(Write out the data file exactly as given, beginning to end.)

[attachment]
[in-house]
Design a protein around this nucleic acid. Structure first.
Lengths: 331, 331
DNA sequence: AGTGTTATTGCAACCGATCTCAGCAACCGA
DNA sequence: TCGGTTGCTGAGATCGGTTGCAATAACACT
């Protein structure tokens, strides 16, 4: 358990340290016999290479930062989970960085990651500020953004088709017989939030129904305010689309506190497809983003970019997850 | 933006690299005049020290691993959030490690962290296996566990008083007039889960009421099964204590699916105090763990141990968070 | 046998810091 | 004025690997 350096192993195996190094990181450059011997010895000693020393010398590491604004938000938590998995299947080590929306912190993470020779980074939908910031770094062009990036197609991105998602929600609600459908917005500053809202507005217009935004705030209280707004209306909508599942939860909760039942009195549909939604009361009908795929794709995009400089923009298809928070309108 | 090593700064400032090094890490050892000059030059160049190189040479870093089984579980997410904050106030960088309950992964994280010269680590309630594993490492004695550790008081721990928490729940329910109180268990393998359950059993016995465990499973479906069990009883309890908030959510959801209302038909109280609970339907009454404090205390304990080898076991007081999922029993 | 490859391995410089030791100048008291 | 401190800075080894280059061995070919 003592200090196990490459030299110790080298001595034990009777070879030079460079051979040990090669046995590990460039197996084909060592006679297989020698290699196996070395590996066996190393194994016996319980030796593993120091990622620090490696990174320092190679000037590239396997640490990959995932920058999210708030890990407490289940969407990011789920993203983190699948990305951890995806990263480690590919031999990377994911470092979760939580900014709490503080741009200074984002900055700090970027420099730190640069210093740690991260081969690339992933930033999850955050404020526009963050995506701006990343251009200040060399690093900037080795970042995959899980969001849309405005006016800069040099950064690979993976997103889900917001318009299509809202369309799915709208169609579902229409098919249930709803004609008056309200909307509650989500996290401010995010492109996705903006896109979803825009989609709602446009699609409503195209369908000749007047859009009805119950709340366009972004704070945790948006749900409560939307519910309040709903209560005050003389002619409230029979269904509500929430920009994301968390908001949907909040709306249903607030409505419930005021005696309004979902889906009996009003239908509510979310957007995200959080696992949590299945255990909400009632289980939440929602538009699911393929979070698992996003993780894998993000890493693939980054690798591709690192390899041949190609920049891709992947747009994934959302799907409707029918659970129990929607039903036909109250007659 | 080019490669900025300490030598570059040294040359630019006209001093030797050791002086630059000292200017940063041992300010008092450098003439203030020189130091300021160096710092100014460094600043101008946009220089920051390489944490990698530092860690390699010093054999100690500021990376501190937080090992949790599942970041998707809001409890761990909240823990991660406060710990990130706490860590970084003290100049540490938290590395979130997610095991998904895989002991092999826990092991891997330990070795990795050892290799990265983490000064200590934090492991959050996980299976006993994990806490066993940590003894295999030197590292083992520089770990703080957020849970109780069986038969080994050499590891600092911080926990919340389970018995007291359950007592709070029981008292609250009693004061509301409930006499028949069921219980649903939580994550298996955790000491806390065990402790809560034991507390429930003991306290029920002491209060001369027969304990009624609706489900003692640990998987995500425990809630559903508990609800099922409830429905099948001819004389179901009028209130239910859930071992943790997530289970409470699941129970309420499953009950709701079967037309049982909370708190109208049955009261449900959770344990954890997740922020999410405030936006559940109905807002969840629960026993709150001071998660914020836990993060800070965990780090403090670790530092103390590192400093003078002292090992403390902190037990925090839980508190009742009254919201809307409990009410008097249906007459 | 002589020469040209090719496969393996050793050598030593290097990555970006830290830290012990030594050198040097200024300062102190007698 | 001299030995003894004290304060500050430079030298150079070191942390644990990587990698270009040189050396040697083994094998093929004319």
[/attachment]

[in-house]
Design a protein around this nucleic acid. Structure first.
Lengths: 331, 331
DNA sequence: AGTGTTATTGCAACCGATCTCAGCAACCGA
DNA sequence: TCGGTTGCTGAGATCGGTTGCAATAACACT
């Protein structure tokens, strides 16, 4: 358990340290016999290479930062989970960085990651500020953004088709017989939030129904305010689309506190497809983003970019997850 | 933006690299005049020290691993959030490690962290296996566990008083007039889960009421099964204590699916105090763990141990968070 | 046998810091 | 004025690997 350096192993195996190094990181450059011997010895000693020393010398590491604004938000938590998995299947080590929306912190993470020779980074939908910031770094062009990036197609991105998602929600609600459908917005500053809202507005217009935004705030209280707004209306909508599942939860909760039942009195549909939604009361009908795929794709995009400089923009298809928070309108 | 090593700064400032090094890490050892000059030059160049190189040479870093089984579980997410904050106030960088309950992964994280010269680590309630594993490492004695550790008081721990928490729940329910109180268990393998359950059993016995465990499973479906069990009883309890908030959510959801209302038909109280609970339907009454404090205390304990080898076991007081999922029993 | 490859391995410089030791100048008291 | 401190800075080894280059061995070919 003592200090196990490459030299110790080298001595034990009777070879030079460079051979040990090669046995590990460039197996084909060592006679297989020698290699196996070395590996066996190393194994016996319980030796593993120091990622620090490696990174320092190679000037590239396997640490990959995932920058999210708030890990407490289940969407990011789920993203983190699948990305951890995806990263480690590919031999990377994911470092979760939580900014709490503080741009200074984002900055700090970027420099730190640069210093740690991260081969690339992933930033999850955050404020526009963050995506701006990343251009200040060399690093900037080795970042995959899980969001849309405005006016800069040099950064690979993976997103889900917001318009299509809202369309799915709208169609579902229409098919249930709803004609008056309200909307509650989500996290401010995010492109996705903006896109979803825009989609709602446009699609409503195209369908000749007047859009009805119950709340366009972004704070945790948006749900409560939307519910309040709903209560005050003389002619409230029979269904509500929430920009994301968390908001949907909040709306249903607030409505419930005021005696309004979902889906009996009003239908509510979310957007995200959080696992949590299945255990909400009632289980939440929602538009699911393929979070698992996003993780894998993000890493693939980054690798591709690192390899041949190609920049891709992947747009994934959302799907409707029918659970129990929607039903036909109250007659 | 080019490669900025300490030598570059040294040359630019006209001093030797050791002086630059000292200017940063041992300010008092450098003439203030020189130091300021160096710092100014460094600043101008946009220089920051390489944490990698530092860690390699010093054999100690500021990376501190937080090992949790599942970041998707809001409890761990909240823990991660406060710990990130706490860590970084003290100049540490938290590395979130997610095991998904895989002991092999826990092991891997330990070795990795050892290799990265983490000064200590934090492991959050996980299976006993994990806490066993940590003894295999030197590292083992520089770990703080957020849970109780069986038969080994050499590891600092911080926990919340389970018995007291359950007592709070029981008292609250009693004061509301409930006499028949069921219980649903939580994550298996955790000491806390065990402790809560034991507390429930003991306290029920002491209060001369027969304990009624609706489900003692640990998987995500425990809630559903508990609800099922409830429905099948001819004389179901009028209130239910859930071992943790997530289970409470699941129970309420499953009950709701079967037309049982909370708190109208049955009261449900959770344990954890997740922020999410405030936006559940109905807002969840629960026993709150001071998660914020836990993060800070965990780090403090670790530092103390590192400093003078002292090992403390902190037990925090839980508190009742009254919201809307409990009410008097249906007459 | 002589020469040209090719496969393996050793050598030593290097990555970006830290830290012990030594050198040097200024300062102190007698 | 001299030995003894004290304060500050430079030298150079070191942390644990990587990698270009040189050396040697083994094998093929004319």